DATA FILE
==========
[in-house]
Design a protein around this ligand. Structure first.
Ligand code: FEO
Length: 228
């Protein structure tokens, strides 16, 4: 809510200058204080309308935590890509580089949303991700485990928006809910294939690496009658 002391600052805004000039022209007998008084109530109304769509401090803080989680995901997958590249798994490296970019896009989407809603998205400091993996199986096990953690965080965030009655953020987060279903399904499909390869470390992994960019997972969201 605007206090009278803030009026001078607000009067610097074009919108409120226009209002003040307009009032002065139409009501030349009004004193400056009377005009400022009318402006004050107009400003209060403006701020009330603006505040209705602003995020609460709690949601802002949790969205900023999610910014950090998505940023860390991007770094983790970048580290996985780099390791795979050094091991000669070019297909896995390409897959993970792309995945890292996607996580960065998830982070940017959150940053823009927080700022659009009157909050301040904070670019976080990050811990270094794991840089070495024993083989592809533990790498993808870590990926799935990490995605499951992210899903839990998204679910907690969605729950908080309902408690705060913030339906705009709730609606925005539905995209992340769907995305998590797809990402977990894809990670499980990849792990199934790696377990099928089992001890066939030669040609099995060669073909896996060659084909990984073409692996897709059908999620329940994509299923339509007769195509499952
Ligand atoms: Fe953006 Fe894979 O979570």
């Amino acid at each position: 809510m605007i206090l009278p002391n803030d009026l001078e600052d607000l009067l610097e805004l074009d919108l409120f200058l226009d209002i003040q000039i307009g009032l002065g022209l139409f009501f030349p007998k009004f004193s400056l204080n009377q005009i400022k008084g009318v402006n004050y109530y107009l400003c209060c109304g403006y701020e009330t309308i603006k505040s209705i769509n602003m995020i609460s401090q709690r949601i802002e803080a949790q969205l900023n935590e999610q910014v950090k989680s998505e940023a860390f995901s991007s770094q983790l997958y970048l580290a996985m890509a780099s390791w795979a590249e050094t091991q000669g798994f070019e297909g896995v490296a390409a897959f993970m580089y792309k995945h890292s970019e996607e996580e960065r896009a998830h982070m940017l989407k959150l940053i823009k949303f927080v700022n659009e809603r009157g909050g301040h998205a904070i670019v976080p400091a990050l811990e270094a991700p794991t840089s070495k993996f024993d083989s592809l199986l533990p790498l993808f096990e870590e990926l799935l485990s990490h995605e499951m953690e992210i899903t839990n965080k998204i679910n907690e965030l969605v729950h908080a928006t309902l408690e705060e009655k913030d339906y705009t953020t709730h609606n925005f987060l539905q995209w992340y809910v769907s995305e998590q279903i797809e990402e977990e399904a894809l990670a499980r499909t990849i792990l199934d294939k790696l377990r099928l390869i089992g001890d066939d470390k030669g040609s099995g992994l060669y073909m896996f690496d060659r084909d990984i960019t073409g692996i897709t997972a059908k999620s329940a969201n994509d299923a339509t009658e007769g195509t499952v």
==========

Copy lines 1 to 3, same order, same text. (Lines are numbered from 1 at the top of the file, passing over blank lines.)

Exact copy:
[in-house]
Design a protein around this ligand. Structure first.
Ligand code: FEO